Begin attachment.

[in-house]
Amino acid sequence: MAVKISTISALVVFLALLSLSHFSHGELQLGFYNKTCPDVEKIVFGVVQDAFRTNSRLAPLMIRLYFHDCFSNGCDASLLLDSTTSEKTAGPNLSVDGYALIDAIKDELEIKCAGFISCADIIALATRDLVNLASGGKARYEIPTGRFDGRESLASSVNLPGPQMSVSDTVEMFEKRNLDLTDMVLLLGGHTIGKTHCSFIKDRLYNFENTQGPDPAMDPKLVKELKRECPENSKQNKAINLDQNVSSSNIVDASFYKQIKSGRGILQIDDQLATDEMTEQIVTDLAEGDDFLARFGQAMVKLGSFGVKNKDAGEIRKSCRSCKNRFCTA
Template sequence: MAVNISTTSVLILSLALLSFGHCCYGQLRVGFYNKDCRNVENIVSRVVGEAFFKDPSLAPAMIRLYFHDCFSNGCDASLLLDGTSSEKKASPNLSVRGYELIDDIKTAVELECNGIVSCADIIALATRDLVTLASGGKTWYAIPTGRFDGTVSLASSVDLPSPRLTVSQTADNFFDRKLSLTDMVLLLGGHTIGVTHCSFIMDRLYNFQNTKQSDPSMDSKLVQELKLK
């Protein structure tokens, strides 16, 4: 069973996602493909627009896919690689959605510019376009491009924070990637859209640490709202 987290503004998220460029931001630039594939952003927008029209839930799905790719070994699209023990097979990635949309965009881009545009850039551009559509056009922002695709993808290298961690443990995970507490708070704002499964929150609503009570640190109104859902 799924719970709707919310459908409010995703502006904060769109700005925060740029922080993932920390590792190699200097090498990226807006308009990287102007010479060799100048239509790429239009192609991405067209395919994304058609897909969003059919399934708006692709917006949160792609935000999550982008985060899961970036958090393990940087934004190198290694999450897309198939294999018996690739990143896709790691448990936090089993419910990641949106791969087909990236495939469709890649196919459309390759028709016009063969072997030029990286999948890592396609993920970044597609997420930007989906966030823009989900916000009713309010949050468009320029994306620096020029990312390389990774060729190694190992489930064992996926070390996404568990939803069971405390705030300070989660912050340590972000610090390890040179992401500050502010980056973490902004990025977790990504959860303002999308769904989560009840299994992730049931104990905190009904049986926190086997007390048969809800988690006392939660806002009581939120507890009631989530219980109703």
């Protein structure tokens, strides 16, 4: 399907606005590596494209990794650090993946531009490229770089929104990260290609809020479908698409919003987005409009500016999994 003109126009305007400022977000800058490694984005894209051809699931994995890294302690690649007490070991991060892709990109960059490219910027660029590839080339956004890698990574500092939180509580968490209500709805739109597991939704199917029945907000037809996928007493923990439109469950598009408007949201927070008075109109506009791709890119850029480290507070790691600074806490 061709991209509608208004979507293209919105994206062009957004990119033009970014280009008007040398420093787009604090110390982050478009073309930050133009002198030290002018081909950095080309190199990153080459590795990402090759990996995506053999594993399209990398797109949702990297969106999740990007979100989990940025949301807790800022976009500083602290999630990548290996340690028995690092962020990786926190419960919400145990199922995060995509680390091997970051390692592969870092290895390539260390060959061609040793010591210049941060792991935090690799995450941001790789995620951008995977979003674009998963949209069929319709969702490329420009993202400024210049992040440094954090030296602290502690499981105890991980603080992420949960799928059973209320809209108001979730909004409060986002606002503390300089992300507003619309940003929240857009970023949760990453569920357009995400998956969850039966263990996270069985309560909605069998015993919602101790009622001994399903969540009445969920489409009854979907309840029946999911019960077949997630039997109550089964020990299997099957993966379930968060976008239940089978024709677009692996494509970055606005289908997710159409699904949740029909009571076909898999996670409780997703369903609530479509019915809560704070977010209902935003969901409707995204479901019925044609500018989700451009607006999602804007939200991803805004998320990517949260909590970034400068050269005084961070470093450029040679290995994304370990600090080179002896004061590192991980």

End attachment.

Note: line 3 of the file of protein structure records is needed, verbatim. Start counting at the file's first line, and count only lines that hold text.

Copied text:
Template sequence: MAVNISTTSVLILSLALLSFGHCCYGQLRVGFYNKDCRNVENIVSRVVGEAFFKDPSLAPAMIRLYFHDCFSNGCDASLLLDGTSSEKKASPNLSVRGYELIDDIKTAVELECNGIVSCADIIALATRDLVTLASGGKTWYAIPTGRFDGTVSLASSVDLPSPRLTVSQTADNFFDRKLSLTDMVLLLGGHTIGVTHCSFIMDRLYNFQNTKQSDPSMDSKLVQELKLK